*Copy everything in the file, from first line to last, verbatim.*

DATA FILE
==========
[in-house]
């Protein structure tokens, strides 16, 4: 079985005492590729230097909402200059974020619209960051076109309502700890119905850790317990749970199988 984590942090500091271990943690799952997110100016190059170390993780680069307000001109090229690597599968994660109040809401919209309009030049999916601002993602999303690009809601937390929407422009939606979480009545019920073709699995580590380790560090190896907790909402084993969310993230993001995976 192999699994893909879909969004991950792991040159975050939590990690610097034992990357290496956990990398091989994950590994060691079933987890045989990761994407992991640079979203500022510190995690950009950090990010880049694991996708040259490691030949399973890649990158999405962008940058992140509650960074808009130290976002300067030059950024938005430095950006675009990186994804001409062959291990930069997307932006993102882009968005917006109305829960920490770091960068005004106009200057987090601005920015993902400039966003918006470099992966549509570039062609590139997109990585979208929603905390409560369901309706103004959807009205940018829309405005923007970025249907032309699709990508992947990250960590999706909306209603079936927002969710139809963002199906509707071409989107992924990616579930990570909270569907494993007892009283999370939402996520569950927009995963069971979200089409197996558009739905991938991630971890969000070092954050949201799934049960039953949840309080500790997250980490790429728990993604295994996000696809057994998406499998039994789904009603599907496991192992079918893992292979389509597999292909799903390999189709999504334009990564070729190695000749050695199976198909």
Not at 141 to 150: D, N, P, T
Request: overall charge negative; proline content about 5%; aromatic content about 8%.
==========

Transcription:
[in-house]
């Protein structure tokens, strides 16, 4: 079985005492590729230097909402200059974020619209960051076109309502700890119905850790317990749970199988 984590942090500091271990943690799952997110100016190059170390993780680069307000001109090229690597599968994660109040809401919209309009030049999916601002993602999303690009809601937390929407422009939606979480009545019920073709699995580590380790560090190896907790909402084993969310993230993001995976 192999699994893909879909969004991950792991040159975050939590990690610097034992990357290496956990990398091989994950590994060691079933987890045989990761994407992991640079979203500022510190995690950009950090990010880049694991996708040259490691030949399973890649990158999405962008940058992140509650960074808009130290976002300067030059950024938005430095950006675009990186994804001409062959291990930069997307932006993102882009968005917006109305829960920490770091960068005004106009200057987090601005920015993902400039966003918006470099992966549509570039062609590139997109990585979208929603905390409560369901309706103004959807009205940018829309405005923007970025249907032309699709990508992947990250960590999706909306209603079936927002969710139809963002199906509707071409989107992924990616579930990570909270569907494993007892009283999370939402996520569950927009995963069971979200089409197996558009739905991938991630971890969000070092954050949201799934049960039953949840309080500790997250980490790429728990993604295994996000696809057994998406499998039994789904009603599907496991192992079918893992292979389509597999292909799903390999189709999504334009990564070729190695000749050695199976198909």
Not at 141 to 150: D, N, P, T
Request: overall charge negative; proline content about 5%; aromatic content about 8%.